Highlights from President Kagame’s address at the ATF

President Kagame

“We are happy to be associated with [the Africa Transformation Forum] going forward.”

“Everything starts with a clear and even very simple vision for the future that everyone understands and agrees on.

“We all want a prosperous, stable and equitable Africa and we want it as soon as possible. Period. This contrasts so radically with the African past and present that we rightly speak of the need for transformation in the real sense. That is easy to say but making it happen is understandably going to be harder. However, it can become a reality within our lifetimes as the detailed work presented in this forum illustrates.”

“This is the step two: a focused set of concrete and measurable outcomes to target, paths to bridge and barriers to remove like electricity, skills, access to finance, agricultural productivity, manufacturing, trade and so on.”

“If we know where we want to go and what has to be done to get there then why do we seem stuck on implementation?”

“A wish list is not a strategy for getting things done. It is an endless loop of conferences and declarations.”

“The institutions and individuals represented in this room full of wisdom, talent, knowledge– cannot do everything or even a small part of what needs to be done. We simply don’t have the money, time, or transformation.”

“We really only have two strategic tools in my opinion: 1. Let’s change how people think. 2. Shape how resources are allocated and later on utilized.”

“Rwandans are ordinary people with an extraordinary history.”

“22 years ago, Rwanda’s very survival was at stake and everything was a priority. We figured it out by doing it, because we had no choice. Help took years to arrive, was not appropriate to our circumstances. We had to start with our own resources and ideas and in fact, desire to get out of the mess and chaos our country was in.”

“This taught us some important things: you don’t need to have all the answers or all the funds to get started. Constantly assess and correct course, but don’t wait for perception of risk.”

“First, transformational change happens at the level of mindset.”

“This challenge is not technical. It is political and social because it’s about people. A mindset to agency, ownership, responsibility and service as well as, quite frankly, the mindset of money making and long term investment.”

“Citizens bear most of the risk of transformation. They have to be included in the benefits of transformation.”

“We need mechanisms that include everybody and encourage things to move forward.”

“No institution or individual has all the resources or answers. The right strategy is to use our limited means to send clear signals to the market and to partners about how best to allocate and utilize these resources.”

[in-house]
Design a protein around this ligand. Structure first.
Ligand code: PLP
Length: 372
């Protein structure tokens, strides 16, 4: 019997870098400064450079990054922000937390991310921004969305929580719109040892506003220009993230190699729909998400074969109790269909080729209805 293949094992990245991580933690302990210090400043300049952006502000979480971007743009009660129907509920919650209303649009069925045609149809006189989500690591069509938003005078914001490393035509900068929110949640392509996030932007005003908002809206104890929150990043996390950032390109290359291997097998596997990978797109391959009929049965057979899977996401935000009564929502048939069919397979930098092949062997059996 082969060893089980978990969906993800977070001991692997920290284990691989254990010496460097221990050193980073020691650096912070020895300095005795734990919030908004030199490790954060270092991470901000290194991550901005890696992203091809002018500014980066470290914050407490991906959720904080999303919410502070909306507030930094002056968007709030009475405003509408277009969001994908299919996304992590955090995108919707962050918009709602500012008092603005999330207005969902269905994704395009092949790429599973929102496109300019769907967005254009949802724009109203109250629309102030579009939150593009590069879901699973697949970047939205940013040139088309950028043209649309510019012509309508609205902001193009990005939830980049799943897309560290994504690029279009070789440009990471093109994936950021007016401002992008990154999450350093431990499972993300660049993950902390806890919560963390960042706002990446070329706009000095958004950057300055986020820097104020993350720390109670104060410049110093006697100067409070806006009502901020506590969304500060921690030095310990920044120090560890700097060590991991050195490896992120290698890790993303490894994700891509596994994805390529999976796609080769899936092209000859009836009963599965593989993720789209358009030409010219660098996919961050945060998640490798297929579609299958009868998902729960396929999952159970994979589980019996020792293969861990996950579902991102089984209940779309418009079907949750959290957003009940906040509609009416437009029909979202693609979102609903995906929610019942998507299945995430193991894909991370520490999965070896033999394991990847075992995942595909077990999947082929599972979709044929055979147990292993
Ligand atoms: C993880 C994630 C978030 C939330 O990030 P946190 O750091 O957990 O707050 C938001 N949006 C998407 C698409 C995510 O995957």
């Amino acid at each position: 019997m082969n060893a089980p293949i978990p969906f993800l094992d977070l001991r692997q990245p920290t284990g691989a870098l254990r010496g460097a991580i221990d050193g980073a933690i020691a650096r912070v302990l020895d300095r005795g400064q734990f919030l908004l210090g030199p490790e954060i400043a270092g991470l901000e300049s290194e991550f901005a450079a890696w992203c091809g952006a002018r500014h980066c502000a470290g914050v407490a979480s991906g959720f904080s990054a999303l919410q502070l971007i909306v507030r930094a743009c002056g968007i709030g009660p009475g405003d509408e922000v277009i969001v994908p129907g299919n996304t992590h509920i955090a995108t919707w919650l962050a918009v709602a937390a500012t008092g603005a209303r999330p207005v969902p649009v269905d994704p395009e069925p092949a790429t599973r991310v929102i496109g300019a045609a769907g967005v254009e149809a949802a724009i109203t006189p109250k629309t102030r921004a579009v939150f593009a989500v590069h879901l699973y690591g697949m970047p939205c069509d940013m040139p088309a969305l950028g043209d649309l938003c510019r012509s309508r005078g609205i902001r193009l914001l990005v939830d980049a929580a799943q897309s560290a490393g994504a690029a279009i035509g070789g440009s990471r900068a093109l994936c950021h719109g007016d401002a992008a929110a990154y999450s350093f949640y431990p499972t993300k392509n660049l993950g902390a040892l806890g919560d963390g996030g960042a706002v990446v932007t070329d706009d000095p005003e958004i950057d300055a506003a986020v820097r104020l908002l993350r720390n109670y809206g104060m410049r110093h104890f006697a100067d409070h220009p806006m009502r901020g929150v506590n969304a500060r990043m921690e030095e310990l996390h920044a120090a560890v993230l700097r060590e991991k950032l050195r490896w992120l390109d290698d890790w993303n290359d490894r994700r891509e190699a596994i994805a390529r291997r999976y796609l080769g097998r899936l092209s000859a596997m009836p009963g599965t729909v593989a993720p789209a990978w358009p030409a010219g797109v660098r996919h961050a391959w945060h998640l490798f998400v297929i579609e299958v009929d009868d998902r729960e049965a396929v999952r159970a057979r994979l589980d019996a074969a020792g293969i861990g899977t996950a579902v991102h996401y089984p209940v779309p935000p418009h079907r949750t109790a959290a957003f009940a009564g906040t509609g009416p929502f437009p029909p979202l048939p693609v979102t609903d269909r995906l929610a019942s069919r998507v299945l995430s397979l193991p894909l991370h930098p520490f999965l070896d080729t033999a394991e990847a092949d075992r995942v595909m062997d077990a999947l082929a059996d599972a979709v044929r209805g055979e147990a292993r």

“Funds will come to scale up good initiatives that are underway.”

“In the African context… we can grow very old waiting for the invisible hand of the market to work its magic. Government very often must lead, catalyze, support, and invest by bringing in partners to fix market failures and mitigate risk.”

“We actually already have much of what we need right here in Africa. We will never win by discounting the quality of our own products and our people.”

“Finally, we have to stay adaptable and flexible. Plans and frameworks should not become a barrier to action or to course corrections. Mistakes will be made along the way and money wasted. But that should not be the end of the road. But it serves the purpose. It helps to discover the most effective approach more quickly and build public understanding and unity of purpose.”

“Neither business nor government can afford to try one idea, wait years before it works, then scrap it and start the cycle again.”

“The coalition for transformation in Africa promises to be an innovative and promising outcome of this gathering.”

“One way to avoid it becoming a venue for more talking among like minded elite is to build an element of outward facing service in the work of each chapter.”

“It’s not even the decline [of aid] that we should be worried about now, we should have seen it coming but I think we needed to have been worried about– even when it was still available how it was being invested.”

“It has been very helpful because it addressed a lot of problems that were there and helped the many needy people who by the way are also a product of our bad investment of aid.”

“If you invest anything badly or wrongly including the aid we’re getting all you get is number of people increasing who need aid.”

“There has been that cycle where we have invested in perpetuating a problem.”

“I think the decline of it is a kind of paradox– it’s a very bad thing but also a very good thing.”

“I’m looking forward to the best ideas that can come from this room given the knowledge the talent the experience that mark the backgrounds of many people in this room.”

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